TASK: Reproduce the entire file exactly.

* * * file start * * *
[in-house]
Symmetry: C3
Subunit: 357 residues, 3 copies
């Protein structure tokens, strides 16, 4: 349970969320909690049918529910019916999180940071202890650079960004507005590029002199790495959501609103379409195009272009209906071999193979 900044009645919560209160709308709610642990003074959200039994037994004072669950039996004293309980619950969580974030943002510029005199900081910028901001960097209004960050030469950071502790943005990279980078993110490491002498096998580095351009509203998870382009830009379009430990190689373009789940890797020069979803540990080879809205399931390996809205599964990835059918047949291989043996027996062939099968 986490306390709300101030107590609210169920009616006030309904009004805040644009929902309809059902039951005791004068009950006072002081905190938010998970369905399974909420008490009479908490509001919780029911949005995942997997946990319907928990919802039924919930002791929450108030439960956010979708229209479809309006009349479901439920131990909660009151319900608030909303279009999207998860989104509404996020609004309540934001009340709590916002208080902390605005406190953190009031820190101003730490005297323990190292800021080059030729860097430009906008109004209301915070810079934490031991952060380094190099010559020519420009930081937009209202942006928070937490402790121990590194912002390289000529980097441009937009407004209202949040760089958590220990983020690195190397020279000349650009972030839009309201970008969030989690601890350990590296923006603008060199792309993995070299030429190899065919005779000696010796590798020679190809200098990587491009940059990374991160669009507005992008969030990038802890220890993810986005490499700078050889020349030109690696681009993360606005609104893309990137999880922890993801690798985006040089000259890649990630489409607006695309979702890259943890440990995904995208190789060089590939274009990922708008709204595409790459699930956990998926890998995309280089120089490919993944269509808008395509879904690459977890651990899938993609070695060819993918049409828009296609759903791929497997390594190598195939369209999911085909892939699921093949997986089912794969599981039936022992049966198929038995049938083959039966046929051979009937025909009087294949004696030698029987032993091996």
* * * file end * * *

[in-house]
Symmetry: C3
Subunit: 357 residues, 3 copies
């Protein structure tokens, strides 16, 4: 349970969320909690049918529910019916999180940071202890650079960004507005590029002199790495959501609103379409195009272009209906071999193979 900044009645919560209160709308709610642990003074959200039994037994004072669950039996004293309980619950969580974030943002510029005199900081910028901001960097209004960050030469950071502790943005990279980078993110490491002498096998580095351009509203998870382009830009379009430990190689373009789940890797020069979803540990080879809205399931390996809205599964990835059918047949291989043996027996062939099968 986490306390709300101030107590609210169920009616006030309904009004805040644009929902309809059902039951005791004068009950006072002081905190938010998970369905399974909420008490009479908490509001919780029911949005995942997997946990319907928990919802039924919930002791929450108030439960956010979708229209479809309006009349479901439920131990909660009151319900608030909303279009999207998860989104509404996020609004309540934001009340709590916002208080902390605005406190953190009031820190101003730490005297323990190292800021080059030729860097430009906008109004209301915070810079934490031991952060380094190099010559020519420009930081937009209202942006928070937490402790121990590194912002390289000529980097441009937009407004209202949040760089958590220990983020690195190397020279000349650009972030839009309201970008969030989690601890350990590296923006603008060199792309993995070299030429190899065919005779000696010796590798020679190809200098990587491009940059990374991160669009507005992008969030990038802890220890993810986005490499700078050889020349030109690696681009993360606005609104893309990137999880922890993801690798985006040089000259890649990630489409607006695309979702890259943890440990995904995208190789060089590939274009990922708008709204595409790459699930956990998926890998995309280089120089490919993944269509808008395509879904690459977890651990899938993609070695060819993918049409828009296609759903791929497997390594190598195939369209999911085909892939699921093949997986089912794969599981039936022992049966198929038995049938083959039966046929051979009937025909009087294949004696030698029987032993091996």